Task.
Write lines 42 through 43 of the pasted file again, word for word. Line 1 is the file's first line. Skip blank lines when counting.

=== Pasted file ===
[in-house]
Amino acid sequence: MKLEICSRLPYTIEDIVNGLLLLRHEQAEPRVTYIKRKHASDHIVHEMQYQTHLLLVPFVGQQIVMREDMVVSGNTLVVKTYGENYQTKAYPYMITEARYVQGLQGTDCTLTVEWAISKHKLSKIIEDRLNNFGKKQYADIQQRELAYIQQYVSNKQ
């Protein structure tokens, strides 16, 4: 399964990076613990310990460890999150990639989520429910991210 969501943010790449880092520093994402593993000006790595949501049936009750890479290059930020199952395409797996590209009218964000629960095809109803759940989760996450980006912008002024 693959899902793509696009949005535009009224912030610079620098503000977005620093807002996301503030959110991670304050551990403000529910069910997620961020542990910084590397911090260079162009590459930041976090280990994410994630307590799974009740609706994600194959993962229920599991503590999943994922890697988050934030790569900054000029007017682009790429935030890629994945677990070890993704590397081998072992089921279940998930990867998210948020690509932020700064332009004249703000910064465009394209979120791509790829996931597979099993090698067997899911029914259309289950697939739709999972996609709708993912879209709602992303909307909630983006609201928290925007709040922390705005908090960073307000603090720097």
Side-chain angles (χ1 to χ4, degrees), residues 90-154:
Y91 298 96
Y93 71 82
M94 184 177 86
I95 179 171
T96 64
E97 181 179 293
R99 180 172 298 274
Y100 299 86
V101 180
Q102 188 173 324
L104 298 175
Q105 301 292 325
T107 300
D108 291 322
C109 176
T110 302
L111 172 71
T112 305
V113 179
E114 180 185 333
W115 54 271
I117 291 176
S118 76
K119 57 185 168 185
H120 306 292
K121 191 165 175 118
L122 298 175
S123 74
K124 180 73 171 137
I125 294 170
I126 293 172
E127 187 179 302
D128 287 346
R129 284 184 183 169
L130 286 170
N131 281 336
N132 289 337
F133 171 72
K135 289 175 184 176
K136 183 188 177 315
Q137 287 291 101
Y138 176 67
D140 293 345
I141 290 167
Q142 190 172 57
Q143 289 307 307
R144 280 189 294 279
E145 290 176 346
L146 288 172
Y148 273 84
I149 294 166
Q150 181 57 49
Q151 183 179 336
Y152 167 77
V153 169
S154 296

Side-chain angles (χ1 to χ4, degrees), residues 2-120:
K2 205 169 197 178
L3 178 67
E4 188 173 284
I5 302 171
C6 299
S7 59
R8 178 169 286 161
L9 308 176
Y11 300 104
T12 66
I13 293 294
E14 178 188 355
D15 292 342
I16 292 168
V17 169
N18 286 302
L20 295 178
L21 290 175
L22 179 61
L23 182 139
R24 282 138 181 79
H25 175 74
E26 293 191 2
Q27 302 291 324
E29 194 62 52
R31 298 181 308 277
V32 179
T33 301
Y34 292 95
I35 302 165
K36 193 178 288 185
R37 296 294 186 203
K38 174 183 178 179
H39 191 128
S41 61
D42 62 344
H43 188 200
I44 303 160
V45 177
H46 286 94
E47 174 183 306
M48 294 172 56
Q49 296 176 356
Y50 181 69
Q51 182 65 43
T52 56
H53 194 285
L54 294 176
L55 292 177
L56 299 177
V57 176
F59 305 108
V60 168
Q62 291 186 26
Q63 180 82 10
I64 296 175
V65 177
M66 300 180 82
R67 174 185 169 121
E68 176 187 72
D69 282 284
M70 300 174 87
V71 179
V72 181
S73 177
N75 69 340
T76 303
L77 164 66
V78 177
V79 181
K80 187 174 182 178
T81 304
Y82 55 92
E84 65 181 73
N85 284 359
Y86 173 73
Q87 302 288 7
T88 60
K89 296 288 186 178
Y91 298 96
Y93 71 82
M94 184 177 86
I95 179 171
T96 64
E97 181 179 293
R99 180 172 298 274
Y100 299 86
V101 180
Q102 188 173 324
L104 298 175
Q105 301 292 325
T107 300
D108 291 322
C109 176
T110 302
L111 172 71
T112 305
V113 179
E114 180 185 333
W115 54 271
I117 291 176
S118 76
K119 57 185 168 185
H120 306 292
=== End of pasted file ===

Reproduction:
F133 171 72
K135 289 175 184 176